Elvis is Alive and Well at the Covedale in “All Shook Up”

Overall, this is a fun-packed musical sung and danced well with a lot of energy. The actors seem to be enjoying their roles as much as the audience.

Review by Doug Iden

Well, maybe it’s not Elvis, maybe just an Elvis wannabe named Chad (Matt Krieg) who has recently been released from prison in a rousing version of “Jailhouse Rock“ in the jukebox musical All Shook Up at the Covedale
Theater. Based very, very loosely on “Twelfth Night,” the show uses mistaken identities,
misunderstandings and disguises cloaked in an Elvis-inspired rock score to tell its 1950“™s story. (How
many times have you seen the names Shakespeare and Elvis in the same sentence?)

After being released from prison, Chad, the Roustabout, moves on but his motorcycle breaks down in an
unnamed Midwest town. Natalie (Leah Hall), a mechanic in oily, grungy attire, agrees to repair the cycle
but, instantly, falls in love with Chad who basically ignores her. Quickly, we find out that Dennis (Kyle
Taylor), a quirky nerd, is secretly in love with Natalie but doesn“™t have the nerve to tell her. The town is
dreary and most of the citizens are unhappy or want to leave (“œHeartbreak Hotel). Chad, however,
infuses an optimism and energy into the town which becomes infectious and resuscitates the citizenry.

Enter the town mayor, Matilda Hyde (Michelle Shaffer) and Sheriff Earl (Greg Shaffer and real-life
husband of Michelle), who want to change, in the mayor“™s mind, the immorality associated with rock
and roll. The mayor“™s son Dean (John Dastillung) however, is drawn to African-American Lorraine (Diana
Hutchinson) further complicating the conservative major“™s dilemma and adding an adult theme.

Dennis, at first jealous of Chad, becomes his buddy and helps him romance the educated but standoffish
Miss Sandra (Katie McCarthy) with a Shakespeare sonnet. In the meantime, Natalie, still smitten with
Chad, assumes the male identity of Ed to become buddies with Chad. Dennis recognizes Natalie in
disguise but Chad doesn“™t. Thus, all the character confusion and misunderstandings spiral out of
control. To find out who ends up with whom, you need to see the show.

Reminiscent of many pre-World War II musicals, this show features songs, dances and large production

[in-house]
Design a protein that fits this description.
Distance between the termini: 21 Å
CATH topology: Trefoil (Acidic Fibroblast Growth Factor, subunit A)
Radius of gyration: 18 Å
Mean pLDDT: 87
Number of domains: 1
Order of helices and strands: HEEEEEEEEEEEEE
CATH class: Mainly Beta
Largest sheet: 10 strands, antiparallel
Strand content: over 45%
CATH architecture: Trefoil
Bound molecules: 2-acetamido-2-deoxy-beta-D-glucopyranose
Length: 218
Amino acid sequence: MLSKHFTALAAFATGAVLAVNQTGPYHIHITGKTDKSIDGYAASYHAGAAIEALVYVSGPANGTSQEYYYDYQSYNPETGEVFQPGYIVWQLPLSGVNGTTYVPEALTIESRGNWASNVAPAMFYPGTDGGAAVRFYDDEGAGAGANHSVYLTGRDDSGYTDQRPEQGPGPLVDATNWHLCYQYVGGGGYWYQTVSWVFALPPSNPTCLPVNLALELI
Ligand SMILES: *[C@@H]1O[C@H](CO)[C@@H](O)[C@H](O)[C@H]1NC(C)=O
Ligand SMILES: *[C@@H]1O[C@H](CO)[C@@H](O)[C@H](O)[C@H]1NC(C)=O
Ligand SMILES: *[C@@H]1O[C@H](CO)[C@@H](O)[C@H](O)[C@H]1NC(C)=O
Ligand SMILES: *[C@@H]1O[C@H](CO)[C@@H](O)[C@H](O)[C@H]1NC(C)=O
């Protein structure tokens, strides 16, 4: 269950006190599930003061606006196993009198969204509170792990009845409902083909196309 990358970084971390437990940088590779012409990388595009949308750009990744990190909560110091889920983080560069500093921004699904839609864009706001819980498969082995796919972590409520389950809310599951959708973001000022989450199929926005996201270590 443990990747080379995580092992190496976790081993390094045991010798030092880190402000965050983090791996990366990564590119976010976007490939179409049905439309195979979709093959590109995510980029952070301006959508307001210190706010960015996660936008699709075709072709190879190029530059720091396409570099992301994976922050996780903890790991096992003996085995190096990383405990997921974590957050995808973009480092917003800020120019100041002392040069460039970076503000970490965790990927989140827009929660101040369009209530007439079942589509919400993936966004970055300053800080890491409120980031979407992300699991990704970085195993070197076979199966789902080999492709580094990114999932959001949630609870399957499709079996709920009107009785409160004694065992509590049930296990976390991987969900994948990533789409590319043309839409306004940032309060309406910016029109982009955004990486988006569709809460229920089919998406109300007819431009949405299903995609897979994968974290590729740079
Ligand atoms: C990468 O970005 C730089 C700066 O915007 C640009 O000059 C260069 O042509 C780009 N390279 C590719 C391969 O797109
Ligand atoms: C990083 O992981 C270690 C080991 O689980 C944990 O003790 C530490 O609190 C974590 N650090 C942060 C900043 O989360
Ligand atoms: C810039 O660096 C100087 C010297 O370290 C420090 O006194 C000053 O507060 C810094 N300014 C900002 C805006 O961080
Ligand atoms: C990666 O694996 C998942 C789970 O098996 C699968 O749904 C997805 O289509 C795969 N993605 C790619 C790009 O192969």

numbers. Virtually all of the 25 songs are presented as production numbers. There is a LOT of dancing
in the show choreographed and directed by Maggie Perrino and Assistant Director Genevieve Perrino.
The dances are similar reflecting a rapid paced, jitterbuggy style but the dances are not repetitious and
the ensemble singers and dancers (Donald Washington, Ashley Morton, Nick Godfrey, Jerrod Gruber,
Cassidy Steele Savannah Boyd, Kelsey Schwarber and William Gibson) perform well.

Some musical/dancing highlights are the opening scene (“œJailhouse Rock“), “œC“™Mon Everybody“, “œAll
Shook Up“ (which opens the second act) and the finale “œBurning Love“. The most effective scene,
however, is the first act finale featuring the classic “œCan“™t Help Falling In Love With You“ when each of
the principal characters share their love as solos concluding with entire cast in a rousing crescendo.

Under the leadership of Music Director Greg Dastillung, the singing is very good led by Krieg, Hall,
McCarthy and featuring the extraordinary voice of Tia Shea who plays Lorraine“™s mother. I was
particularly impressed with high school junior Diana Hutchinson who has an excellent voice for this type
of show but literally lights up the stage with her charisma. I think she is going to be big in the theater.
Kyle Taylor has specialized in quirky, awkward characters and carries the comic relief in the show.

Brett Bowling“™s set design is sparce but effective with his usual props to propel the story. There are a lot
of costumes designed by June Hill reflecting 1950“™s young adult, bobbysoxer fashion with a lot of color
and variety.

Overall, this is a fun-packed musical sung and danced well with a lot of energy. The actors seem to be
enjoying their roles as much as the audience.

A brief commercial:  Local Cincinnati theater is as good, for its size, as in any other American city.  With the pandemic, many theaters are struggling so please support local theater as much as you can.  Ideally, the best support is to attend your favorite theater{s) but, if you can“™t, consider supporting them any way you can.  

So, oil up your pelvis, grab your blue suade shoes and your hound dog and “œLet Yourself Go“ down to the Covedale Theater to become All Shook Up, playing through November 14. Tickets can be purchased HERE or call 513-241-6550 – Monday – Friday, 11am – 5pm. CLP“™s next production is the Christmas story Elf, the Musical. Starting December 2.

Doug Iden is an avid, lifelong theater fan with an extensive collection of original cast albums.  He also teaches classes on musical theater at OLLI (Osher Lifelong Learning Institute).

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